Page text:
Carrying a Gun Wouldn't Necessarily Get You Out of a Shooting

Carrying a Gun Wouldnt Necessarily Get You Out of a Shooting

America is facing an epidemic of gun violence.

Thirteen people were killed last week in Binghamton, N.Y., when a gunman, identified by authorities as 41-year-old Jiverly Wong, executed a mass shooting at the American Civic Association. The aftermath of that bloodshed has raised many questions, including whether armed, everyday citizens could take down such a gunman and save lives. Could you protect yourself if you only had a gun?

There are 250 million guns in the United States, enough for almost every man, woman and child to arm themselves. The FBI performed 12 million gun-related background checks in 2008, according to the National Instant Criminal Background Check System. And with more than 50 deaths resulting from mass shootings in the past month alone, the argument for ordinary citizens arming themselves in schools, workplaces and anywhere else continues to grow.

But if teachers at Colorado's Columbine High School or the students and faculty of Virginia Tech University had concealed or open-carry permits, range training and loaded handguns mixed with their school supplies, could they have taken down men armed to the teeth, ready to die and acting under the element of surprise?

Watch "If I Only Had a Gun" tonight on a special edition of "20/20" at 10 p.m. ET

Some, like the group Students for Concealed Carry on Campus, which claims to have more than 38,000 members, think it would at least give people a better chance to survive.

Matt Guzman, leader of the advocacy group's Texas chapter, said that an armed student or citizen might even be more effective in taking down a gunman than law enforcement.

"It's a different situation between civilians that are armed and police that are armed," Guzman said in an interview on "Good Morning America Weekend" shortly after a school shooting at Northern Illinois University last year that left six people dead. "When police respond, there's multiple police officers, they're at a safer distance, 20, 30 feet away. And one officer doesn't fire; it's multiple officers firing. [If] it's one person, one criminal, a robbery, mugging, things of that sort [where] the victim is a couple feet away, you don't have to be a crack shot."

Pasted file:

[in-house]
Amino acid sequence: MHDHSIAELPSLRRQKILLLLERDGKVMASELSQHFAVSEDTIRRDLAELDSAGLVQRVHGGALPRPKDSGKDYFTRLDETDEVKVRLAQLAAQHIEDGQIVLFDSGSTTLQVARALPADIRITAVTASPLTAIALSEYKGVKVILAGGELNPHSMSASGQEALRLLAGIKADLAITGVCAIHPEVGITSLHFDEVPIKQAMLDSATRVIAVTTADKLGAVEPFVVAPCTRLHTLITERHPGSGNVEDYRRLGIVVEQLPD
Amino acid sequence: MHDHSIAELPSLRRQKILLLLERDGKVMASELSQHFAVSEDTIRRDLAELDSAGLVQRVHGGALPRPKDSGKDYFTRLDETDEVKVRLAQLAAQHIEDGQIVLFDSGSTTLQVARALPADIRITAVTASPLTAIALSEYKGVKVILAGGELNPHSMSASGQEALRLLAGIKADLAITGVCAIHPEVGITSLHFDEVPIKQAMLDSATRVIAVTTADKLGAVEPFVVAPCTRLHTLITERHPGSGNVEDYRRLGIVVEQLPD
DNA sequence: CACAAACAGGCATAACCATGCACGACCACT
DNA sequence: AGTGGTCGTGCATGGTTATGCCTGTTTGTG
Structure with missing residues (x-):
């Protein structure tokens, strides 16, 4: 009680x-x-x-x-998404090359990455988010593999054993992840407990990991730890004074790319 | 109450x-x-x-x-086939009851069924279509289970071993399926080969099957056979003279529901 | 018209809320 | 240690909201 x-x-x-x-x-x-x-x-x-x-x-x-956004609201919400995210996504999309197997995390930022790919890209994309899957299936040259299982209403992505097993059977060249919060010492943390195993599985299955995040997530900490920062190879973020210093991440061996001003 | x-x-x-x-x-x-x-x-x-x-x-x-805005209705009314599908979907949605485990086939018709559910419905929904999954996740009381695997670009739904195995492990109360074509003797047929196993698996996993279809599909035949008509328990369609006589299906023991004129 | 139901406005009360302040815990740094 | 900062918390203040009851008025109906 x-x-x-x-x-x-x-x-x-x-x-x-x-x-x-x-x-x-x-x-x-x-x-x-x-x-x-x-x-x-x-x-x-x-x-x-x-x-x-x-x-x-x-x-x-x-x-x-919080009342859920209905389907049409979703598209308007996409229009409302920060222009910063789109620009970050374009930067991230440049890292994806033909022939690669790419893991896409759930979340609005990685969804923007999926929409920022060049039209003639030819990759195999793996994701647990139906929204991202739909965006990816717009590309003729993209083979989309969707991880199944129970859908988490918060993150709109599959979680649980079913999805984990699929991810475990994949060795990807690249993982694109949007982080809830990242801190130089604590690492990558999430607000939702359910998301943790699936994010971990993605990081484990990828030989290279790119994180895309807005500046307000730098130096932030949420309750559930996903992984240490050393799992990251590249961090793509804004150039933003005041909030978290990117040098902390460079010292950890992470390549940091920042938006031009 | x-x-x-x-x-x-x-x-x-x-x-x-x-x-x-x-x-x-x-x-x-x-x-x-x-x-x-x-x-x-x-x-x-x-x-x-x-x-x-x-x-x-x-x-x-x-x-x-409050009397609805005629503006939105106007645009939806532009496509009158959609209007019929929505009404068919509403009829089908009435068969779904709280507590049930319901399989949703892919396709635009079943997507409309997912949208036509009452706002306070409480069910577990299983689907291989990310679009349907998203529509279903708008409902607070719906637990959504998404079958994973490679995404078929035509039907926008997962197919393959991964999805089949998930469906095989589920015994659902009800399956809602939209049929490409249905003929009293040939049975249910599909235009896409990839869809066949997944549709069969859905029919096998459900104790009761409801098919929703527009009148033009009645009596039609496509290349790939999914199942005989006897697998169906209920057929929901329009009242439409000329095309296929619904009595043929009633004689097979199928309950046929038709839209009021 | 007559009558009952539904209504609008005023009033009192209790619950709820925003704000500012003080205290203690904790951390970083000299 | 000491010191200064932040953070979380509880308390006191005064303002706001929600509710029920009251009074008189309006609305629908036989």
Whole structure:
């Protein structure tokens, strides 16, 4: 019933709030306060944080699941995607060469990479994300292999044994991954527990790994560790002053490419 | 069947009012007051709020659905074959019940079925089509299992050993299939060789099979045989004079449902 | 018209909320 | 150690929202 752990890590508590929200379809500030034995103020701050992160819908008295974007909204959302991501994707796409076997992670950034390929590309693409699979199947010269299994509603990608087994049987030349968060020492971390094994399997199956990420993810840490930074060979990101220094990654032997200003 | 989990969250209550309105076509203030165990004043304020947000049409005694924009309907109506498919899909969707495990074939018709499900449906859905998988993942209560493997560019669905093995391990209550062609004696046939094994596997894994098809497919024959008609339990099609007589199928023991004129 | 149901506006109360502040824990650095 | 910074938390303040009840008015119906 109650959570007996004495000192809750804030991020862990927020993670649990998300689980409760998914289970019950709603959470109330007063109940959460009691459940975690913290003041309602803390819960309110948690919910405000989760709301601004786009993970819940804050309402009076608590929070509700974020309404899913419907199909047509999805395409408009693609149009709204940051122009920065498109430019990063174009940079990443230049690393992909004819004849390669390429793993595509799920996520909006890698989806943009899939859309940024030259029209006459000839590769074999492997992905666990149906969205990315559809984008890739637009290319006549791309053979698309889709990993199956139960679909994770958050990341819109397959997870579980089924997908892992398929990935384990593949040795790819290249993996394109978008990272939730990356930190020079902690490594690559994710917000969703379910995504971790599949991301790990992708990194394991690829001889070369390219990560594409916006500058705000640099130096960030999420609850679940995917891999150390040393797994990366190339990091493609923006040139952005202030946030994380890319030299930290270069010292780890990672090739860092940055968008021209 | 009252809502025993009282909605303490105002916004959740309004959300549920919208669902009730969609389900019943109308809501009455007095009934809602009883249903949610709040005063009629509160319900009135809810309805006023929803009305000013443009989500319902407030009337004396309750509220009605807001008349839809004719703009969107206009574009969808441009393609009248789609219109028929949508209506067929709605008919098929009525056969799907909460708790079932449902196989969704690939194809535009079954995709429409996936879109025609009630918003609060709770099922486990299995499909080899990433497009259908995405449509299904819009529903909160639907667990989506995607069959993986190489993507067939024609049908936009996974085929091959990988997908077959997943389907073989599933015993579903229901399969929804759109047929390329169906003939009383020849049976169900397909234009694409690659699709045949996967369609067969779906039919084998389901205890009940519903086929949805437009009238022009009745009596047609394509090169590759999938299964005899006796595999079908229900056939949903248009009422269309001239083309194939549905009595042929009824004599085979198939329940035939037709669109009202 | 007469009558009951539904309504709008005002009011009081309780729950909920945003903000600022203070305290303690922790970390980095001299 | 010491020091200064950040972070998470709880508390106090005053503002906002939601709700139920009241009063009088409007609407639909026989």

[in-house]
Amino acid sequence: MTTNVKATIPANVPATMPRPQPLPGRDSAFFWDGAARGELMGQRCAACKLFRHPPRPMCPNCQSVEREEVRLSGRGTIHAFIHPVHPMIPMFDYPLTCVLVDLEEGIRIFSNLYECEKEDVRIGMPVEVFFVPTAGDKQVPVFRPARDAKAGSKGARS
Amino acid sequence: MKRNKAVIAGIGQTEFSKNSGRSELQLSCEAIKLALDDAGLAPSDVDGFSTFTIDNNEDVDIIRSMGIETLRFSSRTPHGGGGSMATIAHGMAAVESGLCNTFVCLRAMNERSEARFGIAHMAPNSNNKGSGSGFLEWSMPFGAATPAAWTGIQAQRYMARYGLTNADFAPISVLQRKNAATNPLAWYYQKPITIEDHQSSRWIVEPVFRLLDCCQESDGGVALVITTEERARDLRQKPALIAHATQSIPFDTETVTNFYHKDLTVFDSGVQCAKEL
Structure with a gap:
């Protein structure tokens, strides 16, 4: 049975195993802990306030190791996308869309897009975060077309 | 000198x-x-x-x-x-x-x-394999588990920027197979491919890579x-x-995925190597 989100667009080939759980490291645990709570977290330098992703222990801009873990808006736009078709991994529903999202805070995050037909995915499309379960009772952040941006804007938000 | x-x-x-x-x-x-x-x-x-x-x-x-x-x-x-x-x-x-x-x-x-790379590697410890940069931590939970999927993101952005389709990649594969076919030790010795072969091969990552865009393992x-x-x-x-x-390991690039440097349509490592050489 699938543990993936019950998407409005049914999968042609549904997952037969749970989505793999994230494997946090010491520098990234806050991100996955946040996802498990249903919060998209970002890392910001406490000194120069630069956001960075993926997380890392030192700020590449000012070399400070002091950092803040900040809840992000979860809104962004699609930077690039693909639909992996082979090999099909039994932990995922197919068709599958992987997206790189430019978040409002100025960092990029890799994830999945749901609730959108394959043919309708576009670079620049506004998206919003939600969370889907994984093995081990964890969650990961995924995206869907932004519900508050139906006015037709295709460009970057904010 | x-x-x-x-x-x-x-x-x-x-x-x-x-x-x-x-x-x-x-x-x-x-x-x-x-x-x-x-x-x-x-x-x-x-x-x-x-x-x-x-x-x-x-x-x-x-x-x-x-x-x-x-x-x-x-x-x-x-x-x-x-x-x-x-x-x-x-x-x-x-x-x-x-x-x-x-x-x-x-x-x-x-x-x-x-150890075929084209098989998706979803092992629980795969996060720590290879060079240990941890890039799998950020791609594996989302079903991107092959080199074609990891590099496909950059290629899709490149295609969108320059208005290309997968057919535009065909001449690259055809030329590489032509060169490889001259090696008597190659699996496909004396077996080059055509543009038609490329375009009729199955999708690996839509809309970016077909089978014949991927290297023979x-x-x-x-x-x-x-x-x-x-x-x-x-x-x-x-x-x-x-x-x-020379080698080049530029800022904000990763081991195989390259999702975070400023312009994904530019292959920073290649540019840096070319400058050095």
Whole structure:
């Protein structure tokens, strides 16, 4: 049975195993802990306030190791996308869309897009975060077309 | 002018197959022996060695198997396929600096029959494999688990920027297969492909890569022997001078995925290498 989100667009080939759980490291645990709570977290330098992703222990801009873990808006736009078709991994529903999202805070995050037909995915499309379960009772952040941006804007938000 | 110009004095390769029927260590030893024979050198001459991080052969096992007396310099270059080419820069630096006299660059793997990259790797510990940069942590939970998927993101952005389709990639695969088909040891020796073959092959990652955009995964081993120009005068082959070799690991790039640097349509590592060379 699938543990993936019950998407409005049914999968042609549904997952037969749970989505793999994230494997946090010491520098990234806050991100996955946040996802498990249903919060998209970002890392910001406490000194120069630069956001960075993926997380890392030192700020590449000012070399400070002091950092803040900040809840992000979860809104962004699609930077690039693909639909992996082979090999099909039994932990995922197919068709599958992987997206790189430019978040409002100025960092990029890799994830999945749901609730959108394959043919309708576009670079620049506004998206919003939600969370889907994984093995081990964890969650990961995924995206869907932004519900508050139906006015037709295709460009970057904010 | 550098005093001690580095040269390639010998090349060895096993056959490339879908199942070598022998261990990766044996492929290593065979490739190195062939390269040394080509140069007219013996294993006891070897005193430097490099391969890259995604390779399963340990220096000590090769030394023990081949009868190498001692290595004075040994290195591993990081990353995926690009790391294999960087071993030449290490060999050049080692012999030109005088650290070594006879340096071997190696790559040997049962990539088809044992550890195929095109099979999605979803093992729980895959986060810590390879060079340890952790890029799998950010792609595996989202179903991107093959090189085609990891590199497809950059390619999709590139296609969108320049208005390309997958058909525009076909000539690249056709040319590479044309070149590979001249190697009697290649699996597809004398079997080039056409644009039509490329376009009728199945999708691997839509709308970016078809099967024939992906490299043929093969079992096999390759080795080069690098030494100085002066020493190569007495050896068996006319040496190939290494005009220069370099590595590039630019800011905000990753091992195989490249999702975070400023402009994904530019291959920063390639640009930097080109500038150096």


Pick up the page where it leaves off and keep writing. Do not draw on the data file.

But opponents argue that using a weapon for self-defense in a true emergency is not like target practice.

"Video games and movies, they glorify gun fights," said Chris Benton, a police investigator with the Bethlehem, Pa. police department. "It's not reality you know and they get that warped sense that this video games is exactly what I can do in real life."

Average Citizens Not Prepared to Handle a Gun in an Emergency

Opponents also point out that most people are ill-prepared to handle a gun. Only six states, for instance, require any kind of training before issuing a routine permit to own a gun, according to the San Francisco-based Legal Community Against Violence. Of the 48 states that allow concealed-carry permits, less than half require people to "demonstrate knowledge of firearm use and/or safety," and even fewer require an actual training course.

Such a lack of training sends up red flags for people like investigator Benton and firearms instructor Glen Dorney.

"Rounds are coming back at you," Benton said. "You've got outside environments, people are screaming, running. It's too much for a normal person who's never been trained to deal with. It's overwhelming."

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